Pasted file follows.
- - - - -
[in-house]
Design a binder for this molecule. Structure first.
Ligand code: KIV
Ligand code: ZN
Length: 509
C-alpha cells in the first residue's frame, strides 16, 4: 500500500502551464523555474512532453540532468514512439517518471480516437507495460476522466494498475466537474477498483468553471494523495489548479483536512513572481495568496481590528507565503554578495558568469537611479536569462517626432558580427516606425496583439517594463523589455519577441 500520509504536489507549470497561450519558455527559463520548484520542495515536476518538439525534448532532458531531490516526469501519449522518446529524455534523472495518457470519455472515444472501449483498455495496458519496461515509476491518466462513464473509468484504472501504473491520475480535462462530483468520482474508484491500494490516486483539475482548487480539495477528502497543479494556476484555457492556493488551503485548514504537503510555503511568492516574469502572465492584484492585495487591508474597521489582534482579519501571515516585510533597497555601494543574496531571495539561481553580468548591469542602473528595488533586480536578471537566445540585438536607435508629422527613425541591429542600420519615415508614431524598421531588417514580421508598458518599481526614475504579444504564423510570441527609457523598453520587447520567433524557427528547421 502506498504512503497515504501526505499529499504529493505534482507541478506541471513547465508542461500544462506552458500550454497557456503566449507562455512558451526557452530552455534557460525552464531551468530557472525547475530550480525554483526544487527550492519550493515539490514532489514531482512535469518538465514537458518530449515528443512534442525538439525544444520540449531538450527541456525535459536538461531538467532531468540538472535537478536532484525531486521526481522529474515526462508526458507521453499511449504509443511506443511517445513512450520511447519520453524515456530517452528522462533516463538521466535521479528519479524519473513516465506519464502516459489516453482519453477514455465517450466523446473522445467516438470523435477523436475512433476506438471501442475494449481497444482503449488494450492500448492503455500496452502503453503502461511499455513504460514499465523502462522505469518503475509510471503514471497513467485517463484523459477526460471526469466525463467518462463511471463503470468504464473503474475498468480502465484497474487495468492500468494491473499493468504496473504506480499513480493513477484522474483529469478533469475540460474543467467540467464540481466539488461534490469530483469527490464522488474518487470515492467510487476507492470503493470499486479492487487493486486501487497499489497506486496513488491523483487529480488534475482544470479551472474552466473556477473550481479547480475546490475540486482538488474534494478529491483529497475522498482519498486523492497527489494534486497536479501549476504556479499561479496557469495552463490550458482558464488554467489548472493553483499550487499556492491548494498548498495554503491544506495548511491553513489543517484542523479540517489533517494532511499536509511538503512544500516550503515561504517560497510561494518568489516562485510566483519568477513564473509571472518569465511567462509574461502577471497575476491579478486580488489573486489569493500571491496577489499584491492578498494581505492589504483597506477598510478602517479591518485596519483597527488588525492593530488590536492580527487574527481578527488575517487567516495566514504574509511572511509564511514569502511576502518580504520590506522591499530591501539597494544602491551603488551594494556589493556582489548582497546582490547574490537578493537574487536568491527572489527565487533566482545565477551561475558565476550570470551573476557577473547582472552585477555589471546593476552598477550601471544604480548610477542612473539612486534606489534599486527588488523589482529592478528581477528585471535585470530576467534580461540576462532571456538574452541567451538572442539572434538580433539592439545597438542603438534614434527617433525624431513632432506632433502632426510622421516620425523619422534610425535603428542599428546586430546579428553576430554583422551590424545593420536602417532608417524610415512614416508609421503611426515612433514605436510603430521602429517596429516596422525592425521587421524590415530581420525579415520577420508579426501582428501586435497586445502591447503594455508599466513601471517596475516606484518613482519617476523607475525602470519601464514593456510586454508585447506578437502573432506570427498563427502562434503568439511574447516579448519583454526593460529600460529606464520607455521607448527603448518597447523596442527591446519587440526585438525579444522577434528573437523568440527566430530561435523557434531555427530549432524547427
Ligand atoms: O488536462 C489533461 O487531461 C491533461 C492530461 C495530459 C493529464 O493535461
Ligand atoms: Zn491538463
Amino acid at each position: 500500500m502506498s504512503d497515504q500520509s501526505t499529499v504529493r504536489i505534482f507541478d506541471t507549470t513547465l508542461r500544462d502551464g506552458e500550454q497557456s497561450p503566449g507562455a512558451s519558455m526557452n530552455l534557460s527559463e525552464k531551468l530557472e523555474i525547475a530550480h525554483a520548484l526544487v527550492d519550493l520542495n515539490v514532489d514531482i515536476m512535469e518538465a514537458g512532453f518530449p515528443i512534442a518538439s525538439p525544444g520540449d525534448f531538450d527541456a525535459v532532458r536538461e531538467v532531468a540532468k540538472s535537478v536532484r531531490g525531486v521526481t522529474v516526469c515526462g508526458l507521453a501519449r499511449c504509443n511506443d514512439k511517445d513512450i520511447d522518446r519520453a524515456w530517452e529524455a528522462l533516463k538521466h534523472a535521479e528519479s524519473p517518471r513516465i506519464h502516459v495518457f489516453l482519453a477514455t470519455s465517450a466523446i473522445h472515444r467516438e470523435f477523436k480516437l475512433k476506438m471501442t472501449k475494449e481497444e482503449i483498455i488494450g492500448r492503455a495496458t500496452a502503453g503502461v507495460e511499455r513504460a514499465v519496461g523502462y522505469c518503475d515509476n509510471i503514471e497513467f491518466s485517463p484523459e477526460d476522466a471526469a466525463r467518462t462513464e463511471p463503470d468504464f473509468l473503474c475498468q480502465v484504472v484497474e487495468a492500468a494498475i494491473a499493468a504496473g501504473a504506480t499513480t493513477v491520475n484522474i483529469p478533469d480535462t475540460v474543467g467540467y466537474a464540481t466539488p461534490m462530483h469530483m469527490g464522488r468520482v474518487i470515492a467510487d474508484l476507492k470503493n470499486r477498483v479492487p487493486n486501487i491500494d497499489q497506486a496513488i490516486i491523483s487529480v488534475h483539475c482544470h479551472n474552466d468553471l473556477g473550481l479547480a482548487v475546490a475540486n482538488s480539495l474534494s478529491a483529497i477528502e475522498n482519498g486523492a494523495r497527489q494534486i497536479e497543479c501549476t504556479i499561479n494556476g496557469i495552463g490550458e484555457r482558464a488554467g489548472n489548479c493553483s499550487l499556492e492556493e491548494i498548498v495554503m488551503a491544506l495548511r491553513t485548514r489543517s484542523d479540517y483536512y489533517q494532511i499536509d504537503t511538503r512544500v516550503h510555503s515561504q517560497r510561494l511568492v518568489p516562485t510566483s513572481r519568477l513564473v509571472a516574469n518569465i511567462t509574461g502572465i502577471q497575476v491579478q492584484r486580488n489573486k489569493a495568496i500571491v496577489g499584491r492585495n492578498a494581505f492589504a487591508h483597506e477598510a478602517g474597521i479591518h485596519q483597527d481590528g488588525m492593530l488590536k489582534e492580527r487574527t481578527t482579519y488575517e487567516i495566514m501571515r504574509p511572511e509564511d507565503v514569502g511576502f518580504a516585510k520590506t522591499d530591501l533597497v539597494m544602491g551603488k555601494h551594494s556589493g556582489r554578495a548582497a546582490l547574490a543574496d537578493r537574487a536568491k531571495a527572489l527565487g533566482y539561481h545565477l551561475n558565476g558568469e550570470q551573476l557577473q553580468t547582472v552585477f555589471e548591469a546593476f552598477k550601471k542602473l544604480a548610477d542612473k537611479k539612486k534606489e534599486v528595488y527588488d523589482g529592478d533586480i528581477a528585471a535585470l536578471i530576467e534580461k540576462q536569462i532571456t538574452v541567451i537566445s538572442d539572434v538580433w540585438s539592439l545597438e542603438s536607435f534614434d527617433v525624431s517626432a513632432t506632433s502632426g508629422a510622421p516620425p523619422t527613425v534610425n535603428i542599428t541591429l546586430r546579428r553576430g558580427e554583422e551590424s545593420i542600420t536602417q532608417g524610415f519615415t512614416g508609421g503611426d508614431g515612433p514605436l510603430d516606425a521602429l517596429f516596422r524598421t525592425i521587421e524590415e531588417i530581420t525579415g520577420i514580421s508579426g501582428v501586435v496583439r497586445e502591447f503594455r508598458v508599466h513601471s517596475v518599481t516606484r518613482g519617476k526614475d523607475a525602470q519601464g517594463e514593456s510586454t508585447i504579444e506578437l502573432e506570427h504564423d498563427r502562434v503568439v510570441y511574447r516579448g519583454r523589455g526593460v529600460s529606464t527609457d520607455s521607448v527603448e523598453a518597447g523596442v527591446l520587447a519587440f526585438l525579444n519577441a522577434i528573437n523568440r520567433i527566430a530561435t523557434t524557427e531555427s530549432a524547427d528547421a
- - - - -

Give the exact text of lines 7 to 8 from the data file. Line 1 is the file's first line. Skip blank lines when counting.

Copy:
Ligand atoms: O488536462 C489533461 O487531461 C491533461 C492530461 C495530459 C493529464 O493535461
Ligand atoms: Zn491538463